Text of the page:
A new comprehensive emergency system has been proposed to facilitate and computerize all the processes involved in an emergency from the initial contact to the ambulance emergency system, to finding the right and nearest available ambulance, and through to accessing a Smart Online Electronic Health Record (SOEHR). The proposed system will critically assist in pre-hospital treatments, indentify availability of the nearest available specialized hospital and communicate with the Hospital Emergency Department System (HEDS) to provide early information about the incoming patient for preparation to receive and assist. PMID:21893771

  8. Going End to End to Deliver High-Speed Data

    NASA Technical Reports Server (NTRS)

    2005-01-01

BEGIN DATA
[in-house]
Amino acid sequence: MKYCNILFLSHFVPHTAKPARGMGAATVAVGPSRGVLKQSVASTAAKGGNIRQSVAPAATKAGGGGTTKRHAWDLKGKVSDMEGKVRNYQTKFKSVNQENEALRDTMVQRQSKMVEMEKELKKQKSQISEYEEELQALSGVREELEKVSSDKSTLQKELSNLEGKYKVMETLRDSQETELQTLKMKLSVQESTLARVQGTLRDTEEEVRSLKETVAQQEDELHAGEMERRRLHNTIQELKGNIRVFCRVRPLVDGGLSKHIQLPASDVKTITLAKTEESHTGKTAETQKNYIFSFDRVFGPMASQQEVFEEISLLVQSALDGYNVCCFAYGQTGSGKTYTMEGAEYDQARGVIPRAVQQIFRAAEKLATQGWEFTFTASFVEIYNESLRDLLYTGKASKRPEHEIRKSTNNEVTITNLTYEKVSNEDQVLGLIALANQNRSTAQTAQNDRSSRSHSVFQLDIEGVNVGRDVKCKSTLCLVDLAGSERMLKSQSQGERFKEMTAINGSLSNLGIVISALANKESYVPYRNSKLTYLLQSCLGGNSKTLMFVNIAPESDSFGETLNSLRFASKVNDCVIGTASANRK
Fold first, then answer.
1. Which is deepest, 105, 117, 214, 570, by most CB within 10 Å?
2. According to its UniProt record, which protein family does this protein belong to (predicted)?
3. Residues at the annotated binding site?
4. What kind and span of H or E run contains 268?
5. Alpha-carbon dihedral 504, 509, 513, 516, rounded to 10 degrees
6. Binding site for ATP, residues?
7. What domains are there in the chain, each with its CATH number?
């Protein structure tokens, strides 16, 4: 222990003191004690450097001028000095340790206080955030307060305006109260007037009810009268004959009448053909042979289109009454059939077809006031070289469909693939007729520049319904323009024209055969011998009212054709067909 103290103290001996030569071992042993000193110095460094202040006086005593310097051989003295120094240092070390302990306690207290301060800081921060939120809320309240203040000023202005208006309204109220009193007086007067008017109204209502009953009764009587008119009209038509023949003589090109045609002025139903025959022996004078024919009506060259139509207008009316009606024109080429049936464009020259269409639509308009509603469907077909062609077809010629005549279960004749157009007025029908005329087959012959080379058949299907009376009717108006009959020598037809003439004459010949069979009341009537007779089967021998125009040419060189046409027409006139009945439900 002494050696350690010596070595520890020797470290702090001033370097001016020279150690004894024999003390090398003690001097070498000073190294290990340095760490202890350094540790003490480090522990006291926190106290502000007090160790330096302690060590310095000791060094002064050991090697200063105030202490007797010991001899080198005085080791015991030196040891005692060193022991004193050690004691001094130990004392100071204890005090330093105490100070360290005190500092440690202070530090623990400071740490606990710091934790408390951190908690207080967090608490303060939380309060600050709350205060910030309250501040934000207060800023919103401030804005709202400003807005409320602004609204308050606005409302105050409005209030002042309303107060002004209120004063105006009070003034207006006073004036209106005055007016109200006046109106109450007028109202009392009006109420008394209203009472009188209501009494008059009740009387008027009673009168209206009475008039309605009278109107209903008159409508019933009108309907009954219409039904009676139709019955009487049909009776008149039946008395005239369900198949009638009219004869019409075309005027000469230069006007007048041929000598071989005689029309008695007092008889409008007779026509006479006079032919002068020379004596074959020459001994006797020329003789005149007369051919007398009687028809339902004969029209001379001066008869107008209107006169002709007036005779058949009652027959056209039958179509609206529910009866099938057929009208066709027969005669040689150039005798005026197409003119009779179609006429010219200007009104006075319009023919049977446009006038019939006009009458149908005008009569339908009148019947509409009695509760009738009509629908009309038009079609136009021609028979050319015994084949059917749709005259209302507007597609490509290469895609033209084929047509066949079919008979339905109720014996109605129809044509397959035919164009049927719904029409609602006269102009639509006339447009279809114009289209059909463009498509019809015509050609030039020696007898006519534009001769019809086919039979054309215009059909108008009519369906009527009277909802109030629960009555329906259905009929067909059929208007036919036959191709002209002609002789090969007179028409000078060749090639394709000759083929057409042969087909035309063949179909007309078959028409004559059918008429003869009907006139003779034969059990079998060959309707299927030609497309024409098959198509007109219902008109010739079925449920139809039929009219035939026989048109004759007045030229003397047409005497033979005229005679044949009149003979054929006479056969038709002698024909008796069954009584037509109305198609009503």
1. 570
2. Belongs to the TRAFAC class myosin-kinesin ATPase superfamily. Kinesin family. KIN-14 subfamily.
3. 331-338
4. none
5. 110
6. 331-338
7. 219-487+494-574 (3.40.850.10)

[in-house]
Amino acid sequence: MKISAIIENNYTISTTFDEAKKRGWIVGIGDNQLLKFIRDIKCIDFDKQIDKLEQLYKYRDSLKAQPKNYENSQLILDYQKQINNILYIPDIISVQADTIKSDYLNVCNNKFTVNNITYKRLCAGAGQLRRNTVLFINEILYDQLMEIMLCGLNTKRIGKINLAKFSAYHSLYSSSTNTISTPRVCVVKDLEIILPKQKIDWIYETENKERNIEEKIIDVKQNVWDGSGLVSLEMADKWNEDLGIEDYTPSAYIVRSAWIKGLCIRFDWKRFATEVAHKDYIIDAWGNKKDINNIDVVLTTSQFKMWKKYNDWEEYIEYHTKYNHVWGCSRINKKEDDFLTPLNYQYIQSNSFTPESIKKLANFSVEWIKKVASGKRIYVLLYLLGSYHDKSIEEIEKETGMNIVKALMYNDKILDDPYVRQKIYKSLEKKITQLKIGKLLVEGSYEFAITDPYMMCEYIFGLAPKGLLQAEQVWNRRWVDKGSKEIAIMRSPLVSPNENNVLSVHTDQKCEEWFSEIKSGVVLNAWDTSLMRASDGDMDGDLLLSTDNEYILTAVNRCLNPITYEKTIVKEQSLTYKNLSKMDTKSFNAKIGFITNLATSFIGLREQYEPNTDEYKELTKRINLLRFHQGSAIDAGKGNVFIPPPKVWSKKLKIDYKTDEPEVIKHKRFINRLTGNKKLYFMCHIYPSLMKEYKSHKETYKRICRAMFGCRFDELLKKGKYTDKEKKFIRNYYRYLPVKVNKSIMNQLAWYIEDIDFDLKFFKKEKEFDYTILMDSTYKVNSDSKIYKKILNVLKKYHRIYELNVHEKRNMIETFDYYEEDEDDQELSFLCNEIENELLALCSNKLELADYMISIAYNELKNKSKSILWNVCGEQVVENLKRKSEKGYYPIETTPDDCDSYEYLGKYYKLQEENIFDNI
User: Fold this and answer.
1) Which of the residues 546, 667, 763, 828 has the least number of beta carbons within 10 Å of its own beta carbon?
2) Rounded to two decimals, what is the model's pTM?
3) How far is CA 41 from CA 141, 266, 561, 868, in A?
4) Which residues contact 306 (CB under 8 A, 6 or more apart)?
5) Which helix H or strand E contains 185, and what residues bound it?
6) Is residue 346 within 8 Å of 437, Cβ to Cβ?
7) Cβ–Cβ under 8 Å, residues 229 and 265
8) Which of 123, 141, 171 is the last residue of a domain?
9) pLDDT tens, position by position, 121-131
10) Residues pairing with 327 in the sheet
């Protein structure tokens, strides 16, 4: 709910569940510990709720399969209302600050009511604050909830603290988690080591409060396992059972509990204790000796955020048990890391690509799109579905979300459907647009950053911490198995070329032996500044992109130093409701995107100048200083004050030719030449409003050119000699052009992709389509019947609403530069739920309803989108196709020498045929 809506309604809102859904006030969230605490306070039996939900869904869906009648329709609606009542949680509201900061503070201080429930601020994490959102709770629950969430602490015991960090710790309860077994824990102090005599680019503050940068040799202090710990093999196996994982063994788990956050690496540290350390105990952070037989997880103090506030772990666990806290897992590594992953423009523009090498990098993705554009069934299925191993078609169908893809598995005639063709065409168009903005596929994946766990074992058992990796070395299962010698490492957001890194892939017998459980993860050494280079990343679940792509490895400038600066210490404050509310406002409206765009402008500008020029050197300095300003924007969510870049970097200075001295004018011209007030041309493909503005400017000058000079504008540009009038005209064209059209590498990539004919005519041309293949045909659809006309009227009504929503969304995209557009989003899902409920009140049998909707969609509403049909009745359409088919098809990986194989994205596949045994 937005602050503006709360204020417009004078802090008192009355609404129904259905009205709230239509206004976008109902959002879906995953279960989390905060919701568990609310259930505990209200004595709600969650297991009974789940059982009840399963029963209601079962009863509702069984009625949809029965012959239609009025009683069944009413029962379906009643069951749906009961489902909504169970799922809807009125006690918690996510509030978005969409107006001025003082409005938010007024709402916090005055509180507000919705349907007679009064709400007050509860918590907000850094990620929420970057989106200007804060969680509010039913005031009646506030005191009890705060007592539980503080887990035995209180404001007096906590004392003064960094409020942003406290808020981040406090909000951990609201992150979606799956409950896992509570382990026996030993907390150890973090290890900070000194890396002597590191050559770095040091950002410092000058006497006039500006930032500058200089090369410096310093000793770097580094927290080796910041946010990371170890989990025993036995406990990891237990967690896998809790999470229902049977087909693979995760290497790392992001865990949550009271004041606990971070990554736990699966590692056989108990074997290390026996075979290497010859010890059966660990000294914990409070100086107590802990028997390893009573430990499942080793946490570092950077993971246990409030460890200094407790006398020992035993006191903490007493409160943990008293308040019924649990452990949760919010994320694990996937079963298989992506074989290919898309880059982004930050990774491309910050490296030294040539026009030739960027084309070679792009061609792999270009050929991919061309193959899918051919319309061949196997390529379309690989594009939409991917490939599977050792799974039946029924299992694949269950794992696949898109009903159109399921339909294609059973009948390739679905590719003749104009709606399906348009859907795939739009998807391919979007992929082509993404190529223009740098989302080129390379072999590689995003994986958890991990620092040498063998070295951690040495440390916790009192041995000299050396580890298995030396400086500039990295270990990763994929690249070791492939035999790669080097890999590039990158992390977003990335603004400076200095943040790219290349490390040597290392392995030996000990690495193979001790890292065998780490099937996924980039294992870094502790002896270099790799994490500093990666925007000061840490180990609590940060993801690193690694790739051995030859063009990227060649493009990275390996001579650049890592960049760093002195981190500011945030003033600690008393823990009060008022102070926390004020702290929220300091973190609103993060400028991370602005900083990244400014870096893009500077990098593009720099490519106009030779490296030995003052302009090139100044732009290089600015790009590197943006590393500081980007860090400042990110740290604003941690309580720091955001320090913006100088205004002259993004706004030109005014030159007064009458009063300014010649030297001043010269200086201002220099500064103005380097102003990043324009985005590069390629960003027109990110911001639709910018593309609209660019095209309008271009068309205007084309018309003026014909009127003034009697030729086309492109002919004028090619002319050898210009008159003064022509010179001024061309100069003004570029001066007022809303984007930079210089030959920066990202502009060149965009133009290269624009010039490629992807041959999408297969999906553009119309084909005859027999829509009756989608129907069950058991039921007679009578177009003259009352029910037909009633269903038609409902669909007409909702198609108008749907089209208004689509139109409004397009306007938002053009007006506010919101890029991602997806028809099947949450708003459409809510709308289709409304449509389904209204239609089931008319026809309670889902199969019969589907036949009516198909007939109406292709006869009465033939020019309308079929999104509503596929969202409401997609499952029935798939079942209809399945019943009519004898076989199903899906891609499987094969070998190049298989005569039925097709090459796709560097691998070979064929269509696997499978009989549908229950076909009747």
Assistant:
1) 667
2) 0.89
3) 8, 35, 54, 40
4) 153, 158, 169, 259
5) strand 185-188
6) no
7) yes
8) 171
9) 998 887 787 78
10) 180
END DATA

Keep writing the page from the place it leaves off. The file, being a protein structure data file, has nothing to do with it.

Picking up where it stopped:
By the end of the 1990s, the optical fiber "backbone" of the telecommunication and data-communication networks had evolved from megabits-per-second transmission rates to gigabits-per-second transmission rates. Despite this boom in bandwidth, however, users at the end nodes were still not being reached on a consistent basis. (An end node is any device that does not behave like a router or a managed hub or switch. Examples of end node objects are computers, printers, serial interface processor phones, and unmanaged hubs and switches.) The primary reason that prevents bandwidth from reaching the end nodes is the complex local network topology that exists between the optical backbone and the end nodes. This complex network topology consists of several layers of routing and switch equipment which introduce potential congestion points and network latency. By breaking down the complex network topology, a true optical connection can be achieved. Access Optical Networks, Inc., is making this connection a reality with guidance from NASA s nondestructive evaluation experts.